Blue

 Blue is said to stimulate the mind, lower the heart and improve concentration. Depending on the shade used, it is a color that promotes tranquillity and serenity. Blue also demotes a sense of trustworthiness and competence, making it popular for companies such as financial institutions and insurance companies.  This is particularly apparent when darker shades of blue are used, as this can indicate professionalism. However, too much of a darker or cooler shade can have a gloomy effect on individuals and potentially even reduce productivity.

Yellow

Yellow is the color of sunshine and happiness. It promotes vitality and offers an energetic and fresh element to your office décor. It is also reported to stimulate mental activity and it is a particularly effective color for a creative workspace. However, a bright shade of yellow should only be used sparingly, as too much of this can be overwhelming. Moreover, yellow has also been known to increase appetite.

Orange

Creating a sense of fun, orange is a highly energetic and enthusiastic colour. It is a happy hue, which can promote feeling of vitality. It is the colour of teamwork and inspiration, but it can also be overwhelming if used too much. Furthermore, orange can also signify a warning of potential danger. Yet warmer shades of orange, such as terracotta, can be comforting and calming.

Green

Green is often used to symbolize nature and tranquillity or growth and renewal. It is a soothing color that is reported as being excellent for decision making and stimulating creativity. Olive shades of green are well suited to libraries and research rooms as they can enhance focus and concentration. With the ability to inspire yet remain calming and relaxing, soft shades of green are said to be able to reduce anxiety and green is also the best color for resting our eyes. However, you may want to stay away from darker shades of green as this may produce a gloomy effect.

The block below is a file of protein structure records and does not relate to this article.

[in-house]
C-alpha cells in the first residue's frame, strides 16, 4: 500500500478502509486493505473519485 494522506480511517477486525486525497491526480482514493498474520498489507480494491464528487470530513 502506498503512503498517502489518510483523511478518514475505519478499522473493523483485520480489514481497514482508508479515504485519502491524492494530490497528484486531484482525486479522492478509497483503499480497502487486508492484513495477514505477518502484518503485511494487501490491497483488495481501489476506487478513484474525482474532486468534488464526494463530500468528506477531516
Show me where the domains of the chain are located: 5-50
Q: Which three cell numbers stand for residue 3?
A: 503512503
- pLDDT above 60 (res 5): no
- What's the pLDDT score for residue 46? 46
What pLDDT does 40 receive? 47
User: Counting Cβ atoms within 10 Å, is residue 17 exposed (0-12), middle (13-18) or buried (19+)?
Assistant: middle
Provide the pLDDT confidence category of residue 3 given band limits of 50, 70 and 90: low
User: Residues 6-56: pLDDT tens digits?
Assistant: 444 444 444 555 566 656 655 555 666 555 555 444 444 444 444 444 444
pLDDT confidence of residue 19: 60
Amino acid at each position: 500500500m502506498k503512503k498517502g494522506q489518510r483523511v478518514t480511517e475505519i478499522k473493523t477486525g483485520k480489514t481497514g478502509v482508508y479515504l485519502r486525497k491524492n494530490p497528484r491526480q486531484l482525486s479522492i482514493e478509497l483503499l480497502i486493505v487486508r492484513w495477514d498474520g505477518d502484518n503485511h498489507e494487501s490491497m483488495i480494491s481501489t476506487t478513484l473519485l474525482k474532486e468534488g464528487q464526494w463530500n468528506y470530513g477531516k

Black

Black the absence of light and it is often considered an oppressive color. However, it can be powerful when used appropriately. For example, adding small black accents can provide depth to your room and is particularly effective when used in a simplistic design.  From a Feng Shui perspective, black is associated with concepts such as power, mystery, and opulence.

White

White is a fairly flexible color and it is an effective base color. It tends to be the main color used in hospitals, dentists and doctor’s surgeries as it indicates feelings of cleanliness and sterility. However, in an office environment, white is notorious for eye strain, and it has even been suggested that employees are more likely to make mistakes in an all-white workspace.